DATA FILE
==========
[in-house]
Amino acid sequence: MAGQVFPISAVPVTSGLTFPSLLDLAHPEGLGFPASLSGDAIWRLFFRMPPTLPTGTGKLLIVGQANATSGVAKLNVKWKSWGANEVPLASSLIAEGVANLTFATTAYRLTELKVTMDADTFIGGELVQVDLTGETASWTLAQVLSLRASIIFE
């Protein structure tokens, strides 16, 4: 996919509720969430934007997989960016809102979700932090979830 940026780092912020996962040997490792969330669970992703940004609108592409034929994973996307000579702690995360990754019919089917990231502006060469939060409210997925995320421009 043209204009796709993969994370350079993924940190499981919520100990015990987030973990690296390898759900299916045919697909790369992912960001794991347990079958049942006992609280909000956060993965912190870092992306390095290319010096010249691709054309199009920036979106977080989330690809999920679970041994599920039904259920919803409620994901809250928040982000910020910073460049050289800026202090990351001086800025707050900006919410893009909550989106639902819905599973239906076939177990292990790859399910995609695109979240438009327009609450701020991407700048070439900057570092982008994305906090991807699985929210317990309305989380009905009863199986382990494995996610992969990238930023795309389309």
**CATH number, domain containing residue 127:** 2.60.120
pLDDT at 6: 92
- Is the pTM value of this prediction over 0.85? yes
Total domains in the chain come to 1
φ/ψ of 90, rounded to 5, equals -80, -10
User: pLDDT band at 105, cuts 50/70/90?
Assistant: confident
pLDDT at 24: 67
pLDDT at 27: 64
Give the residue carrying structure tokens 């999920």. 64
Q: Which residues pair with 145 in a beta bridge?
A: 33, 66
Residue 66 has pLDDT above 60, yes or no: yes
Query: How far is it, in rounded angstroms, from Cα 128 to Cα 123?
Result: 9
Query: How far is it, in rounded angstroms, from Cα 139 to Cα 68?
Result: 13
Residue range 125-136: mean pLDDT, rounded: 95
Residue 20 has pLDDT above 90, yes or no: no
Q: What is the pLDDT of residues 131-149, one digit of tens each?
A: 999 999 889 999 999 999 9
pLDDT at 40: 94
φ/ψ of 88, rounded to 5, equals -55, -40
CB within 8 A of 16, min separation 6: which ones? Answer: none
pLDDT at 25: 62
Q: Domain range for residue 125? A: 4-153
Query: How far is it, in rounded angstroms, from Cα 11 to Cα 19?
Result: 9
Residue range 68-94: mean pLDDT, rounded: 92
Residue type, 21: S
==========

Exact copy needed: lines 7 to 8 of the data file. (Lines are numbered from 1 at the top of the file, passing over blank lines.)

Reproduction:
Total domains in the chain come to 1
φ/ψ of 90, rounded to 5, equals -80, -10